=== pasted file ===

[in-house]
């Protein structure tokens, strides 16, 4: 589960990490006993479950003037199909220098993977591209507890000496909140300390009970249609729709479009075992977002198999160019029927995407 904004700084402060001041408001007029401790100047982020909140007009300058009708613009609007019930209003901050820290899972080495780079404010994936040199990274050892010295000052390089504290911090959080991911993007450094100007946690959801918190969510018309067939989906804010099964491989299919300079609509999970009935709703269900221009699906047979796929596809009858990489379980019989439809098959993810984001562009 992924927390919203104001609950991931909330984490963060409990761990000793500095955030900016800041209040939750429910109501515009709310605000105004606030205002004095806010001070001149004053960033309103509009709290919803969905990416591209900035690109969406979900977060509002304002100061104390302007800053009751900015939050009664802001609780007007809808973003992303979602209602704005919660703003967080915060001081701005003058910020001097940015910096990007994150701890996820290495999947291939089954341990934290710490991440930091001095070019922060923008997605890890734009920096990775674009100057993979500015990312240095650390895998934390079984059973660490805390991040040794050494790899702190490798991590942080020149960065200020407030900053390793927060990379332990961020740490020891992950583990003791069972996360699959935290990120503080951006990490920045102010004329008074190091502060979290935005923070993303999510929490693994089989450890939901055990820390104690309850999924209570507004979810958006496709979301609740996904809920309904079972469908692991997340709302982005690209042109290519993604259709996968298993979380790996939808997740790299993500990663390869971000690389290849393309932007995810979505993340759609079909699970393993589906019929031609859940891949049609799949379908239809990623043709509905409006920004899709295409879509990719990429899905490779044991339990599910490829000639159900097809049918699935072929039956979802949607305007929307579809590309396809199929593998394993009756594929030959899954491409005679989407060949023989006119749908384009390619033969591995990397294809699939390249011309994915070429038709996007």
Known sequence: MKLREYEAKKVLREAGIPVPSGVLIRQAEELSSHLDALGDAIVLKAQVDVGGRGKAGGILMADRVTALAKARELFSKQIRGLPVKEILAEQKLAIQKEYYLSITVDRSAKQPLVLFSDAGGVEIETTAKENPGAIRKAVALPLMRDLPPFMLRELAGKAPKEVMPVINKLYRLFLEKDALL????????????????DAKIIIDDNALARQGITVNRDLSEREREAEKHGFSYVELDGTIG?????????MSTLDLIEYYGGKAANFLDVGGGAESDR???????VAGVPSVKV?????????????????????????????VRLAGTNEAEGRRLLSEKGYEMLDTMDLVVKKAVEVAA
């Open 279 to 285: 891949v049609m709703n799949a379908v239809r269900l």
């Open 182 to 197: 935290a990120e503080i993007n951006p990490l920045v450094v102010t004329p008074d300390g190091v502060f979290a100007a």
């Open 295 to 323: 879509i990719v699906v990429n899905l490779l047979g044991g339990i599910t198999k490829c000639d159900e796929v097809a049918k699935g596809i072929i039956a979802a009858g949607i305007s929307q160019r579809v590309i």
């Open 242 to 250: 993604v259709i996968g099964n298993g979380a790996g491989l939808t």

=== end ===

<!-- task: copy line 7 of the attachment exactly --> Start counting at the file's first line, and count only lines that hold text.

């Open 242 to 250: 993604v259709i996968g099964n298993g979380a790996g491989l939808t």